Siloam Springs Herald Leader
‘Above and beyond’ for Siloam Springs
Lundstrum to receive Outstanding Civic Leadership Award
Arkansas State Representative Robin Lundstrum (R-18) has served the citizens of Northwest Arkansas since 2014. However to the citizens of Siloam Springs, Lundstrum was more of a cheerleader and booster for the city.
Lundstrum has served as a state representative since 2015 and part of her district included Siloam Springs. Following the 2020 census House and Senate districts in Arkansas changed and Lundstrum lost Siloam Springs in the process.
Even though Lundstrum is no longer Siloam Springs’ representative her love of the city is evident and the work she did lives on in the city.
Lundstrum has been selected by the Siloam Springs Chamber of Commerce as this year’s recipient of the Outstanding Civic Leadership Award and will be honored at the chamber’s annual banquet on Thursday, Feb. 2, at Camp Siloam.
“It was and is apparent that
Robin loves Siloam Springs and what we represent as a Christian city,” said Arthur Hulbert, president and CEO of the Siloam Springs Chamber of Commerce. “She went above and beyond to support and attend any and every civic function — from graduations, ceremonies, memorials, inductions and more for our district and specifically our city.”
THE SECRET TO HER SUCCESS
Part of the secret of Lundstrum’s success had to do with her time as an educator at John Brown University and as a small business owner, she said.
Lundstrum began her career as a small businessperson when she was 17 years old and she wanted to buy her first rental property. Her mother nixed the idea, but Lundstrum eventually began purchasing rental properties in the early 1990s, she said.
In 1989, Lundstrum applied for a position at John Brown University where she was the first professor to teach human sexuality.
Lundstrum left JBU to focus on her family and began focusing more on her rental properties, she said.
“Everyone involved in politics ought to earn a paycheck,” Lundstrum said.
As an educator, Lundstrum saw how education is impacted by decisions made at the state level. Running her own business taught Lundstrum where the money came from, she said.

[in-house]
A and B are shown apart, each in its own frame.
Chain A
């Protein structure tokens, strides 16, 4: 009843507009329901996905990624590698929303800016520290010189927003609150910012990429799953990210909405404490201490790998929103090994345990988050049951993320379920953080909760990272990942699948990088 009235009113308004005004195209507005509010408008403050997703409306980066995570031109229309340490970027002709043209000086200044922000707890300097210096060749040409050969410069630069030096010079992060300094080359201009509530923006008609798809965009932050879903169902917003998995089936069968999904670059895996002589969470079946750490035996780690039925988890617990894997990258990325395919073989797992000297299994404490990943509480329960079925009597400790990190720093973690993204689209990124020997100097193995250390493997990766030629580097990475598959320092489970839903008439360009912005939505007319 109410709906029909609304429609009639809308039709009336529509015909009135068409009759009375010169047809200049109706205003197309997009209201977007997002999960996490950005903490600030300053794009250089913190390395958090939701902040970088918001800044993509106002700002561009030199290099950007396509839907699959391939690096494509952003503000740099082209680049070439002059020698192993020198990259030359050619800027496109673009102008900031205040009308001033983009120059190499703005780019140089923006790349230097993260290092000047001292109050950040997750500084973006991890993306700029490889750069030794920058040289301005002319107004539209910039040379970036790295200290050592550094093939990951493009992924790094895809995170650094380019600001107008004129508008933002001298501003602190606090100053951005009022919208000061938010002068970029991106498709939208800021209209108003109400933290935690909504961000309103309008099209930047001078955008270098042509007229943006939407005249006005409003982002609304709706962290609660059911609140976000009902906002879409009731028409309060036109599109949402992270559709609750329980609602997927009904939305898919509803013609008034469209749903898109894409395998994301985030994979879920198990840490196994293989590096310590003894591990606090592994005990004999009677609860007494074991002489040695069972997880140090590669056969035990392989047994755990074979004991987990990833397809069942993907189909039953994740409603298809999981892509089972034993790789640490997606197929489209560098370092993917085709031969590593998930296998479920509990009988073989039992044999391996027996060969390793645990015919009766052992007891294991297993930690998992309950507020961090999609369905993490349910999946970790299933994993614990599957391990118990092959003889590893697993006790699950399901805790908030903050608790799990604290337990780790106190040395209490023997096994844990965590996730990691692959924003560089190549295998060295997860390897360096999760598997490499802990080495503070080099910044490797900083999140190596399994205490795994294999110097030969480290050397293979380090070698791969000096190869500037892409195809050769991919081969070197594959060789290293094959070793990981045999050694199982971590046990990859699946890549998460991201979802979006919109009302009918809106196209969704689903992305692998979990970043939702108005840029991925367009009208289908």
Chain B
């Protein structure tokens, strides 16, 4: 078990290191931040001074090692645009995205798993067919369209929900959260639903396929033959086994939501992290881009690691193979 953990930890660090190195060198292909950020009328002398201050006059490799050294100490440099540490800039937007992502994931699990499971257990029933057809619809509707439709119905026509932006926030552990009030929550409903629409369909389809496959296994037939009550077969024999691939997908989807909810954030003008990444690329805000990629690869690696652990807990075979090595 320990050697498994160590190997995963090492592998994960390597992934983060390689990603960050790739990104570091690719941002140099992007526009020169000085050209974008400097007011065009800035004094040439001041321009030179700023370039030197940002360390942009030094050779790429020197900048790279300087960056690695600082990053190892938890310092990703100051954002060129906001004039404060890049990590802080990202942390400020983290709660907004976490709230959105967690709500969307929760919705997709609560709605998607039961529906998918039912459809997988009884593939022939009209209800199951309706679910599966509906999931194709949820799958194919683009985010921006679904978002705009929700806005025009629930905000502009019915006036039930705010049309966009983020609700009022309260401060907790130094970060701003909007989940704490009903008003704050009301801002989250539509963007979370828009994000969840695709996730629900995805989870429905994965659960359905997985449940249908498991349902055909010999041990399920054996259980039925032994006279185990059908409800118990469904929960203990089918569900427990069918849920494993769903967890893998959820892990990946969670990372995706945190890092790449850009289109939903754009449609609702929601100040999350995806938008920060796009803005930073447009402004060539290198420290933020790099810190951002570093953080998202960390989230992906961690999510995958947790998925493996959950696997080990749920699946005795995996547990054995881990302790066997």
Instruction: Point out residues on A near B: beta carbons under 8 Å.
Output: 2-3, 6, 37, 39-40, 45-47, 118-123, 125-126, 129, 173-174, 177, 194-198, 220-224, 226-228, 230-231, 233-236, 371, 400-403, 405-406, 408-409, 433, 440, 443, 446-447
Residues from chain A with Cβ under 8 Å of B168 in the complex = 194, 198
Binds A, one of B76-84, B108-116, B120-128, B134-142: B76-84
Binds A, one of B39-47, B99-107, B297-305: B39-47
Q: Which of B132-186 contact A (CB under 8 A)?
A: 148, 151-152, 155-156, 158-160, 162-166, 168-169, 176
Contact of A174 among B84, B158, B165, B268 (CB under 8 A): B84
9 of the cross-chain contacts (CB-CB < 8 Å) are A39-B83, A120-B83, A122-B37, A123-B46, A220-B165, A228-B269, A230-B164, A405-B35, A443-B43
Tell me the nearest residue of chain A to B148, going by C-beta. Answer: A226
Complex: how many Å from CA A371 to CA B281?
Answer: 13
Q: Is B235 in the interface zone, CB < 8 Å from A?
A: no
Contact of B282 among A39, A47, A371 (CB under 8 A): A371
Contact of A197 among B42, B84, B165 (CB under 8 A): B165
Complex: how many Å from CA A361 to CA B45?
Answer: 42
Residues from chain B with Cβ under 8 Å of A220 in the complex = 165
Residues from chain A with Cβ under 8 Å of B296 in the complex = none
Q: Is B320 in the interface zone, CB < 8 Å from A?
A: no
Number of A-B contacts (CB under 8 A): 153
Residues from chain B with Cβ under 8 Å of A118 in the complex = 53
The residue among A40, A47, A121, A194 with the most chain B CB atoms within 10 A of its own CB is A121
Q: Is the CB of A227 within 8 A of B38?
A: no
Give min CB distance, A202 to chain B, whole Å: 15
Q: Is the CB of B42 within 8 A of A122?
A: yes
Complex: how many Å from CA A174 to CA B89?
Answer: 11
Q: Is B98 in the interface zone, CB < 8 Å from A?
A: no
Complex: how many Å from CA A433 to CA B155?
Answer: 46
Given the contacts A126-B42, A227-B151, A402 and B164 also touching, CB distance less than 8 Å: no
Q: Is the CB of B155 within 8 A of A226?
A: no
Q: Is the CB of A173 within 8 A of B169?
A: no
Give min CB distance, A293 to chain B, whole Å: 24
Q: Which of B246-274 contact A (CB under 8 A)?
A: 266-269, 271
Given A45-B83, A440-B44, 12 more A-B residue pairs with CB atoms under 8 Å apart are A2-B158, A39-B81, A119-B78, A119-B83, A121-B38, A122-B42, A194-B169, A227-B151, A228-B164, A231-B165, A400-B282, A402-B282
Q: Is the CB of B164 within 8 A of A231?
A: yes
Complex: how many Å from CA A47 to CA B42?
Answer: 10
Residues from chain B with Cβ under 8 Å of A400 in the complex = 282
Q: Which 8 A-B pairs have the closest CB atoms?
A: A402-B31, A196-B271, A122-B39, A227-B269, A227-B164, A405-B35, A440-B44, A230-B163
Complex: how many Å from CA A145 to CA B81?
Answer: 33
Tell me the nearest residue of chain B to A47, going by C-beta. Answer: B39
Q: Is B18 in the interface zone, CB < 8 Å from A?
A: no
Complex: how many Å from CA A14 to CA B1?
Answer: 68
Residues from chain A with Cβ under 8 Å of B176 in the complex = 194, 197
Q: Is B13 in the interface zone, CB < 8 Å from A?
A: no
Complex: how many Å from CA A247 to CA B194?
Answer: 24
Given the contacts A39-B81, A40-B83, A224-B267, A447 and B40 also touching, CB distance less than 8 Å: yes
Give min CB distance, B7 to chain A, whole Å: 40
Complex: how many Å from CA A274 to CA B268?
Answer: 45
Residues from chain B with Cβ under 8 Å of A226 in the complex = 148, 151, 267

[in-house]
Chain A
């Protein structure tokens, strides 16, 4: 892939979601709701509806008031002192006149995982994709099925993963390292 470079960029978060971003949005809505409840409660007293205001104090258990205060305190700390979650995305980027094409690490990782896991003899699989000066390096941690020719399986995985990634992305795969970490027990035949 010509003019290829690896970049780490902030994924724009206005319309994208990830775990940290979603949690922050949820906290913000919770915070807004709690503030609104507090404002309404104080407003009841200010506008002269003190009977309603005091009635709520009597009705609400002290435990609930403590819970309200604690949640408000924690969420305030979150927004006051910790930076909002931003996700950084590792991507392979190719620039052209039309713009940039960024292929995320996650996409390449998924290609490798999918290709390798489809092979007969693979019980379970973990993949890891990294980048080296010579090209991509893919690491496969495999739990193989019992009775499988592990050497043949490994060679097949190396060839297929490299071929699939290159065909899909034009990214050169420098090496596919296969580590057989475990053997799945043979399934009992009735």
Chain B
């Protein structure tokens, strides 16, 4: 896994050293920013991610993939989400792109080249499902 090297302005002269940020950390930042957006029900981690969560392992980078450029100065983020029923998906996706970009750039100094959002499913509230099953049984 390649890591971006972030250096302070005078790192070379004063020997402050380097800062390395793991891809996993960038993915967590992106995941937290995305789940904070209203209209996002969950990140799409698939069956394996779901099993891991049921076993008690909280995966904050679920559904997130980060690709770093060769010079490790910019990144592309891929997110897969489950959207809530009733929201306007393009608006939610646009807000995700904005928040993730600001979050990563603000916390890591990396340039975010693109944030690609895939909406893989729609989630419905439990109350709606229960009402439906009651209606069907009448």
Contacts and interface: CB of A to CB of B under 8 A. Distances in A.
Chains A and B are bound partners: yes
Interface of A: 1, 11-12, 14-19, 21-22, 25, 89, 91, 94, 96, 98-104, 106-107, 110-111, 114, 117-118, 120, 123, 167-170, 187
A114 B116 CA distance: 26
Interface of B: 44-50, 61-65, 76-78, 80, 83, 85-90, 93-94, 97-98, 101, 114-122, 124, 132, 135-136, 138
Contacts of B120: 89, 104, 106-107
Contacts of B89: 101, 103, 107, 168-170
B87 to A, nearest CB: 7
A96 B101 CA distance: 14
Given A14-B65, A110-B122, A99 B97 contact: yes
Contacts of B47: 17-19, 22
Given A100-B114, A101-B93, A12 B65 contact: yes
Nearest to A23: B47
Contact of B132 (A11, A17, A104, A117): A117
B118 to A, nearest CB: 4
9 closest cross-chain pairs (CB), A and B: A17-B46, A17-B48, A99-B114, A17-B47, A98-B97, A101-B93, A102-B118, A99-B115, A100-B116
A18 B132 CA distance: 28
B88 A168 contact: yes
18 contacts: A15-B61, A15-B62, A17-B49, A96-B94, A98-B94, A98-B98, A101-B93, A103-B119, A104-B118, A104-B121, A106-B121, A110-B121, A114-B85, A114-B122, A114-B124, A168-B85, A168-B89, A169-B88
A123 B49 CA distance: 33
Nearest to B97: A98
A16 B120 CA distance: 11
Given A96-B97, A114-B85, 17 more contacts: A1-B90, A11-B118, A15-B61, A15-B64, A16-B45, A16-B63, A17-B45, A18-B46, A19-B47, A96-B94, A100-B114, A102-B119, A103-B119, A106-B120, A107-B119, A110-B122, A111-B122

Lundstrum’s time as a council member on the Elm Springs City Council also allowed her to see how big decisions impact smaller communities.
While Lundstrum has achieved a lot during her time as a state representative, she never had a main focus, but rather focused on what the needs were at the time.
Initially Lundstrum focused on unemployment tax cuts and lowering the unemployment timeframe. Today Lundstrum is focusing on human trafficking and protecting children, she said.
One of Lundstrum’s major highlights was helping to add an amendment to the Arkansas Constitution regarding Voter ID, she said. Lundstrum co-sponsored HB1112 in early January of 2021. The bill was primarily sponsored by then-State Representative Mark Lowery, Lundstrum said.
LEGACY LEFT BEHIND
Lundstrum listened to the citizens of the city of Siloam Springs and went to Little Rock to advocate for her district, Hulbert said.
Hulbert called Lundstrum a fighter for conservatism, who stood tall for police officers when the rest of the world attacked them as well as supporting veterans and limiting taxes for property owners.
“As a person, one would have to look far and wide to find a more caring and attentive leader than Robin,” Hulbert said. “She and her husband, Tom, are devoted to Northwest Arkansas and she has been incredibly responsive to the needs of her constituents. The stories are many.”
Lundstrum also has been a supporter of the faith community of the city and defended parents’ rights in regard to education by protecting the materials presented in public schools to make sure they are not part of an agenda to undermine the citizens’ heritage and values, Hulbert said.
When asked if she had any advice for future state representatives, Lundstrum said to be bold and listen to the constituents.
“Stay close to your constituents,” Lundstrum said. “They will keep you grounded.”